7. 12v chargers for the handheld UHFs
Again, allows us to stay charged with out 240v
6. The gas hot water system in the camper.
Almost every day we say “man I love that hot water system” sure we could boil a kettle, but hot water straight out the tap, in the middle of nowhere…. Cool.
Just for interest sake, the stuff we thought we might need but haven’t.
1. Genie (see above re. Solar panels)
2. Inverter (see above re. 12v chargers)
Look out for Blokey stuff Part. 3 coming soon….. Some truly enthralling statistics on roads, tyres, gear ratios, rpm and fuel economy/prices, wow! I don’t know about you but I can’t wait!
Well Peter Prado is back, and better then ever! Just a quick post to update what happened, how it was fixed and how to avoid it again.
So as you all know, we were pretty sure it was an blown alternator and we were right. Peter now has a new and improved, bigger, better and much much shinier alternator.
Jess was quietly having a go at “pansy” Peter and I was getting some not-so-subtle hints that while our water crossings last week were fun, maybe they were also expensive. Well I’m happy to report, the water crossings were not the culprit, nor was the copious amounts of dust and dirt and sand driving we had been doing…. No, the problem was….. A stray live wire from when the spottie fell off. Yup, a wire from the spottie had come free and made contact with the bull bar a couple of times creating a short each time, eventually burning the regulator in the alternator out. (Not worth fixing)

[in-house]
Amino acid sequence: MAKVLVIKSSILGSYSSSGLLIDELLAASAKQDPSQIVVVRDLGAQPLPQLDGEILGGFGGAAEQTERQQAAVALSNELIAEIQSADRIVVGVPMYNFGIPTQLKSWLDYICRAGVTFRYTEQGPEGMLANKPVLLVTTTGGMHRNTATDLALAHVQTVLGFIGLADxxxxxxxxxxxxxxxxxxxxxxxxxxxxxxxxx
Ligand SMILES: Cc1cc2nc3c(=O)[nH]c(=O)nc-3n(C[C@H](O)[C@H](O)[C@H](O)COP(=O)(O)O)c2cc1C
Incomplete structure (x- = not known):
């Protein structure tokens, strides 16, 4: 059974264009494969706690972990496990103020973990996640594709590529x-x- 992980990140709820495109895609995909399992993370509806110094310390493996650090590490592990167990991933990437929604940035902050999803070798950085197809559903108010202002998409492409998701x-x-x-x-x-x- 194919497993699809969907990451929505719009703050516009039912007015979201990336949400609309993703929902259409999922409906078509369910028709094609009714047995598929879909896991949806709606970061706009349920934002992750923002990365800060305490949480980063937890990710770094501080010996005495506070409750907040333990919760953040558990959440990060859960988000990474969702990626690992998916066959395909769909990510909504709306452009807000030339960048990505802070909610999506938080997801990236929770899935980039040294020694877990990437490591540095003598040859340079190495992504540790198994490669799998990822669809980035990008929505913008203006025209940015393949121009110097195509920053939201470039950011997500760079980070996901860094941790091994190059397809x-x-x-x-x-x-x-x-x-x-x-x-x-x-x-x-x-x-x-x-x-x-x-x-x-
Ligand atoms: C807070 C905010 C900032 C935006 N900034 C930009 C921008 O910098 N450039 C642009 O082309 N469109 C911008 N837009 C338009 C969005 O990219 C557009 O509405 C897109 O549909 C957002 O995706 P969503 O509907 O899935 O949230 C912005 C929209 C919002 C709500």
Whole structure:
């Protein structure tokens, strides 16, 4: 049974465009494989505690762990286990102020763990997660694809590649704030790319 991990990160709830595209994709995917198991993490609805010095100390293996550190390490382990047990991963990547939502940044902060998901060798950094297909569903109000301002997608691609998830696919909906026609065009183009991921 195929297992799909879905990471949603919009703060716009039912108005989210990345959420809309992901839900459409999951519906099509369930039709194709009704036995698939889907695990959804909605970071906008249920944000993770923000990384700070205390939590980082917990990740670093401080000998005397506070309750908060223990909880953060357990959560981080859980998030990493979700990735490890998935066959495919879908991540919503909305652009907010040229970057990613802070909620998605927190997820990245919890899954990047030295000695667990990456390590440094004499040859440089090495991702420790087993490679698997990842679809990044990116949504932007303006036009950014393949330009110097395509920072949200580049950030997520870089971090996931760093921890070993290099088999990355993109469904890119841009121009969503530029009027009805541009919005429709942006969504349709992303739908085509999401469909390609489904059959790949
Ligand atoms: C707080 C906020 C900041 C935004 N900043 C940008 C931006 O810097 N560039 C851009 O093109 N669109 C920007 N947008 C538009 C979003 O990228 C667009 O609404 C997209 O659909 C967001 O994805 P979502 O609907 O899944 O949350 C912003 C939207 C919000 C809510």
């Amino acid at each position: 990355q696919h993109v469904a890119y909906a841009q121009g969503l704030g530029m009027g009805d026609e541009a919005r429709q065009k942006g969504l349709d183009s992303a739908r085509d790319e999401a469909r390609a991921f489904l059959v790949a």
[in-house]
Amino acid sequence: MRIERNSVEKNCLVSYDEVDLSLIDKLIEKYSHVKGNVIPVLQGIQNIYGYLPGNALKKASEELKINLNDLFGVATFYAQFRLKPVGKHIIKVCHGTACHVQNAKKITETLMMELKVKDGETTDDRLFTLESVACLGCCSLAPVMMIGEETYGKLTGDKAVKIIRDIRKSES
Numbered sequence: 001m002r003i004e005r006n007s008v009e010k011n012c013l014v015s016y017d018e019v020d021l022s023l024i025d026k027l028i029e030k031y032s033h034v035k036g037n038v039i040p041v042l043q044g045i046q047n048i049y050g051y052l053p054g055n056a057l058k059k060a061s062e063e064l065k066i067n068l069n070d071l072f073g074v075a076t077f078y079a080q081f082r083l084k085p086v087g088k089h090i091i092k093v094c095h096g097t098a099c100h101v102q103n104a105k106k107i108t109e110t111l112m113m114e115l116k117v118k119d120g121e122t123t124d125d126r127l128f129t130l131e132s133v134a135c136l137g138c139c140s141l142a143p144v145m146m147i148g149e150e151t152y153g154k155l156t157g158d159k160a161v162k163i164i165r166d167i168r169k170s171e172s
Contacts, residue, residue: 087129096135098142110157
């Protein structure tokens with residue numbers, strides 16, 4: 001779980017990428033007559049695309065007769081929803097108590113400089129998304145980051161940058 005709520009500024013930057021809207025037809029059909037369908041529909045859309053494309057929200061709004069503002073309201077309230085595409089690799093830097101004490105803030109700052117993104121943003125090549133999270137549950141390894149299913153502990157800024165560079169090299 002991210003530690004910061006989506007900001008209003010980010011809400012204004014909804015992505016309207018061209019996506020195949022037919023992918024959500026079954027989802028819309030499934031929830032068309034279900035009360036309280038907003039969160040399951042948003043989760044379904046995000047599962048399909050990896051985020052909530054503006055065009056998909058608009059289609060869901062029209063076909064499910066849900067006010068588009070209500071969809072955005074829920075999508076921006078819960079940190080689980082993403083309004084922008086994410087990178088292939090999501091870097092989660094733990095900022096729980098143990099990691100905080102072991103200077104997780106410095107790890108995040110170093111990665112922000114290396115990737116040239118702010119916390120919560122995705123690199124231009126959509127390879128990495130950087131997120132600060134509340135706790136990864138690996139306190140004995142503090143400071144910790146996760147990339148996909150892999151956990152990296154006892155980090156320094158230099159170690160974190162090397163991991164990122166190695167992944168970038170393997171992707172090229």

So, good to know that Peter is not that precious that a few dirt roads and a creek or two hasn’t killed him (Good boy Peter, he might have cut the aircon, and then the indicators, lights and eventually speedo and taco, but he got us all 150mtrs into Tennant Creek before finally giving in, like a valiant steed!) Also good to know that the second your spottie falls off, separate the wires and insulate them immediately.
Thank you all for your encouraging comments, it was a pretty dark day the first day, but we have actually made the most of Tennant Creek and the forced stop, and believe it or not, Jess and I both said tonight how relaxing it has been…… Thanks Peter for forcing us to stop…. Next time though can we keep it under $1000 please!
Well our forced stoppage in Tennant Creek has given me some time to finally sit down and do “The Blokey Stuff” post
So here it is in the Blokey-est format possible, categorised bullet points!
Top 10 Essential Bits of Kit: